The drawing power of a good Wakebait is simply unrivaled. They come in all shapes and sizes but there are some key factors to take into consideration before selecting the right tool for the job. Find a Wakebait with the ability to generate movement at the slowest retrieve possible. This is the key to success and there are no two ways about it. Perhaps the best example of a lure that possesses this quality is the legendary Black Dog Bait Co. G2 Shellcracker. If I could suggest only one Wakebait to someone just starting to throw these lures, it would most likely be this one. There's a reason why they are always sold out. They are fairly inexpensive as far as swimbaits go and you don't need specialized gear to throw them on as they come in at 4", 1.5 oz (A 7'4"- 7'6" Mod Fast Medium Heavy or Heavy conventional casting rod will do the trick). Their biggest selling point is that they still have amazing tail action on a frightfully slow retrieve. This is slightly beyond the scope of the particular blog but you can also crank them down a 1-3 feet and they essentially turn into a big squarebill, perfect for deflecting off of cover. To learn more about this bait watch this video (Keepinitreel is a legend). While this bait will pick up bites from smaller fish, it continually gets hammered by bona fide giants. There's something about a bluegill profile that just triggers big largemouth, especially in the fall months. Enough said. The bait is extremely durable and can take a beating. I've fished two exclusively over the past year and they show no signs of wear. The Shellcracker G2 is well engineered with solid hardware and has a solid hookup ratio. In short, it gets the job done.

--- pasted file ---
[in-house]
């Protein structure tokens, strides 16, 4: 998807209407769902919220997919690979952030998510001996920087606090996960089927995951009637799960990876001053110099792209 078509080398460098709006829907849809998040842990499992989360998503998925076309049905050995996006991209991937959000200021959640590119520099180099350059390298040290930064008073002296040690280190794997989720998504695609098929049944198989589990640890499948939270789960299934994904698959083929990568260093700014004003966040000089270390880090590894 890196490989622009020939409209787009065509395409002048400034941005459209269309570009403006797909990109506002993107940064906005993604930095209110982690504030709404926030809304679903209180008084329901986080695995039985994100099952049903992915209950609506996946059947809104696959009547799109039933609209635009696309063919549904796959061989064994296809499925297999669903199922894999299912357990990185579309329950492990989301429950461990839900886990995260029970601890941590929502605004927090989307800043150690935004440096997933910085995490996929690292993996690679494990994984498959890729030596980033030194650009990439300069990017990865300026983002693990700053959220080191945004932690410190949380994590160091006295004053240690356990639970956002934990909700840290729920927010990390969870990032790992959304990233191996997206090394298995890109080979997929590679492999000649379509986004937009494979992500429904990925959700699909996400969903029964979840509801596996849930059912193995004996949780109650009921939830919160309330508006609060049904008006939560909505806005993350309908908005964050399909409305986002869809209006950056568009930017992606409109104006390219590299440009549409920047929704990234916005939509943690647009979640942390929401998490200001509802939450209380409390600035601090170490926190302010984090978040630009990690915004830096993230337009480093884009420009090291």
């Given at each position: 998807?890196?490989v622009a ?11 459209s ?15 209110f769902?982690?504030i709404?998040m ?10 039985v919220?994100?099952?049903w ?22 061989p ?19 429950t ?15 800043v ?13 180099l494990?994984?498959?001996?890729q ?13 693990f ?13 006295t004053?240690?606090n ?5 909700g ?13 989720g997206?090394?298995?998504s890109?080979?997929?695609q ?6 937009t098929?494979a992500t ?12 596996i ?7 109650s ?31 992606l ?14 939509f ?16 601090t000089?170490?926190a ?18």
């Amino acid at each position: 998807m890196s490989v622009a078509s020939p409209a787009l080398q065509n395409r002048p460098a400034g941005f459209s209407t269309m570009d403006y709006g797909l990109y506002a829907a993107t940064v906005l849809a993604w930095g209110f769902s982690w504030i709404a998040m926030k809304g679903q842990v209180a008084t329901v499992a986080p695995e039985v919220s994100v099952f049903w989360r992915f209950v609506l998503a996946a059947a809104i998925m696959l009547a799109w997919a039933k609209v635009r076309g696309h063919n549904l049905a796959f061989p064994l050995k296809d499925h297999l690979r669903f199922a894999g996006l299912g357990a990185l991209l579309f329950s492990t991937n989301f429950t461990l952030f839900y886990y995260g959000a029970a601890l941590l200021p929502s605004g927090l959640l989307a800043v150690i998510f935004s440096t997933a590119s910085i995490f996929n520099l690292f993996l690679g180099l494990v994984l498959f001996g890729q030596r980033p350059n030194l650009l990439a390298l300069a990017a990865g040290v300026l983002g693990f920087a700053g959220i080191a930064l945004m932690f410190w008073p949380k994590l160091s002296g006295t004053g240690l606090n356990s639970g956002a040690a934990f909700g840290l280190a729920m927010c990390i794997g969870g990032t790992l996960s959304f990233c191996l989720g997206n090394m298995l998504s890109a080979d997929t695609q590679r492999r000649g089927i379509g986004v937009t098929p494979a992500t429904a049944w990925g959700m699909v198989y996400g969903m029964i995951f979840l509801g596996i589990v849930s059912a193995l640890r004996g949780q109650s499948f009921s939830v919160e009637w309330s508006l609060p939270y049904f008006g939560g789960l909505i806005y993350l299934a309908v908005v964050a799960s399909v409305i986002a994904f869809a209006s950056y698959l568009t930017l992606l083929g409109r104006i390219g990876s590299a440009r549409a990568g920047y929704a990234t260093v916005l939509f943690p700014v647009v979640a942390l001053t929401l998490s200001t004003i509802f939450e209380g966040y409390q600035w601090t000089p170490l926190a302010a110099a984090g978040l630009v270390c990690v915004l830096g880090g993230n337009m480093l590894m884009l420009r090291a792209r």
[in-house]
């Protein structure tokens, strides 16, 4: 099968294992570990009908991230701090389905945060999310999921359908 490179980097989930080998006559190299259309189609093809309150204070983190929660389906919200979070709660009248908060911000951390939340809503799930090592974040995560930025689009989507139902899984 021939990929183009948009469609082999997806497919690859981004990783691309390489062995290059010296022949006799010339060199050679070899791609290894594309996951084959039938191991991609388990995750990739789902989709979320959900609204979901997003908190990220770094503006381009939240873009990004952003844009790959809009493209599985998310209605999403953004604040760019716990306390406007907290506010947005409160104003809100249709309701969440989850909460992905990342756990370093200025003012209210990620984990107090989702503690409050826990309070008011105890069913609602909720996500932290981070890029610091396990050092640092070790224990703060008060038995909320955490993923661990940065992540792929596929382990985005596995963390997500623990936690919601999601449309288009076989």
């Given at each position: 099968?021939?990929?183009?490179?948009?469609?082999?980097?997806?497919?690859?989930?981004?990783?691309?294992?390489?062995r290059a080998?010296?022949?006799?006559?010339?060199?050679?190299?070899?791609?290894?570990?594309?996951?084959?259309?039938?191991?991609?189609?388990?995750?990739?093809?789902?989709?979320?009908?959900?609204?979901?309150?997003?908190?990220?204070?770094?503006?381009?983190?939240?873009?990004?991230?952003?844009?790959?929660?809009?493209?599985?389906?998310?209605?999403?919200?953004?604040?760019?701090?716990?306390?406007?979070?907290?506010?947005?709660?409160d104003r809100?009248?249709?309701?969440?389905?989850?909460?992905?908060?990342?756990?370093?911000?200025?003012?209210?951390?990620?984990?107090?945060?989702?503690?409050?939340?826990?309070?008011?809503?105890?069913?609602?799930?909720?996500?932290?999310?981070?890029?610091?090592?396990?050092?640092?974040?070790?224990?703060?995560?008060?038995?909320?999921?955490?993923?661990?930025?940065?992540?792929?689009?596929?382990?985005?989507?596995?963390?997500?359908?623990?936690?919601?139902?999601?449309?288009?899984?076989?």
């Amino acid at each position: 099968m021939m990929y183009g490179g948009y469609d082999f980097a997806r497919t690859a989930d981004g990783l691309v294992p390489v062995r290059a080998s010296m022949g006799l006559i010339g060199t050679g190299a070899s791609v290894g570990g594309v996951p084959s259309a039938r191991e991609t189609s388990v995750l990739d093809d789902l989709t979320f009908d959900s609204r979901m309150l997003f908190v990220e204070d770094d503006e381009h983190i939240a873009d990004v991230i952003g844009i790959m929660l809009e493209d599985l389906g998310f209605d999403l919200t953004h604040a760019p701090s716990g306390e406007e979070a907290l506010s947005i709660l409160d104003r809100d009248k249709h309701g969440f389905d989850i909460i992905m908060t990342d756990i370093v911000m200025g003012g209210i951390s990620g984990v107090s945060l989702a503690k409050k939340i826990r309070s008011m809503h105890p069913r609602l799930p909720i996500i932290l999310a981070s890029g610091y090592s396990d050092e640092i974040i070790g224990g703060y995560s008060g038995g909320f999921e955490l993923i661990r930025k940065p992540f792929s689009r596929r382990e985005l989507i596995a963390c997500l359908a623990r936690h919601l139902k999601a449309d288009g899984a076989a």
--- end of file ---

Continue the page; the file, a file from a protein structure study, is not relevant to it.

Another quintessential Wakebait with the ability to generate movement at the slowest retrieve possible is the fabled MS Slammer. I prefer the medium or 9" version. This is a desert island bait. If I was limited to picking one Wake to rule them all, there's a very good chance that the Slammer earns my vote. I don't know what it is, but this bait just flat out gets decimated and is responsible for some of the most jarring bites I've experienced over the past year. It presents a big lumbering injured fish profile. I've found it most effective on a slow and steady retrieve (although it will perform a unique choppy style walk as well) with an occasional pop or twitch next to a point or cover. You can feel when it's swimming at the right speed as it will bounce and bob from side to side and provide some resistance while creating a nice V wake. When I twitch or pop the bait, I usually don't stop the slow and steady retrieve. It's simply one twitch or pop to create a directional change and then a continued slow and steady retrieve. Bites will often occur after the twitch as the slow and steady retrieve begins again. Fish you didn't even know were there will come out of the woodwork to crush this bait at the surface. I actually find the Slammer to be incredibly effective in the middle of the day under blue bird skies during the fall. This is another fairly easy Wakebait to throw. While you will probably need a dedicated swimbait setup to throw this successfully (and keep fish pinned), the bait is relatively light (around 2.5 - 3 oz) for its large profile. Like the BDB G2 Shellcracker, this is another wake that despite it's 9" profile, will generate bites from 2lb fish all the way up to mega lunkers no matter what geographic region you're fishing in. It has proven mystical allure.